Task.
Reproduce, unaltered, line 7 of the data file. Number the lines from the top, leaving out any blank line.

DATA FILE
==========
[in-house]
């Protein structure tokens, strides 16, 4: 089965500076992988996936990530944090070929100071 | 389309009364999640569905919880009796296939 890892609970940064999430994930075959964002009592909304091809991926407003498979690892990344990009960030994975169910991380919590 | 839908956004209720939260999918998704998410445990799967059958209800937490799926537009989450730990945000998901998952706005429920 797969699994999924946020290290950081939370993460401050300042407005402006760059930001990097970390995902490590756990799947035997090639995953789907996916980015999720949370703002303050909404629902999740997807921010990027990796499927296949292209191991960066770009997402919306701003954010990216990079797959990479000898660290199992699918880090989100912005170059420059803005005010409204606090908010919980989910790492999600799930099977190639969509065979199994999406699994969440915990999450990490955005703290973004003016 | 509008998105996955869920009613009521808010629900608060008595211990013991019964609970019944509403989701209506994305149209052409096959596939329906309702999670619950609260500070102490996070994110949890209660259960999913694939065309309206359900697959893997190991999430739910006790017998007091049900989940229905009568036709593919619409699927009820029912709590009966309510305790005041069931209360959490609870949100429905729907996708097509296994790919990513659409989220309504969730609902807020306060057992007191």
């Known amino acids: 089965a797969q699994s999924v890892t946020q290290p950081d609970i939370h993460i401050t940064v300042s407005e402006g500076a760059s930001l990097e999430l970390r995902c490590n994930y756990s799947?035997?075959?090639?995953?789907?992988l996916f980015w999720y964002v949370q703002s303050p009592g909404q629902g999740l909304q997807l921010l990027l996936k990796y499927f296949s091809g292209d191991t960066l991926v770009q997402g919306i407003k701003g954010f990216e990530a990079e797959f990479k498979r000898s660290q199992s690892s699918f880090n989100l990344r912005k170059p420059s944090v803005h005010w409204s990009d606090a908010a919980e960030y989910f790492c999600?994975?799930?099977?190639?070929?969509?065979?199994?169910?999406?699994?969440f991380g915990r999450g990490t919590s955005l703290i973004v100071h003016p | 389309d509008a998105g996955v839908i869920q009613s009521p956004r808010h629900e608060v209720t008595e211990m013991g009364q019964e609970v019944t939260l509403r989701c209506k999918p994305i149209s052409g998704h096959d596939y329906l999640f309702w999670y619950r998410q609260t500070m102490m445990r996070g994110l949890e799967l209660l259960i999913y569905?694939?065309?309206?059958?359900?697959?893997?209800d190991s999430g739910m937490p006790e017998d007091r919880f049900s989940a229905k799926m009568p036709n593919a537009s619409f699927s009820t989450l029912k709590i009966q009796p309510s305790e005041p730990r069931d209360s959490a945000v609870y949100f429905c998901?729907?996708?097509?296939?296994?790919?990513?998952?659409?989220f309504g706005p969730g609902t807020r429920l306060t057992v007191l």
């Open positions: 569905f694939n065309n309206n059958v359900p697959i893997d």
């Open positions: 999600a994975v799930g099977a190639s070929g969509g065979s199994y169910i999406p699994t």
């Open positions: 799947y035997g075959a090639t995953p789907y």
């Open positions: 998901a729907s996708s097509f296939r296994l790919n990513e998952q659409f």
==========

């Open positions: 998901a729907s996708s097509f296939r296994l790919n990513e998952q659409f």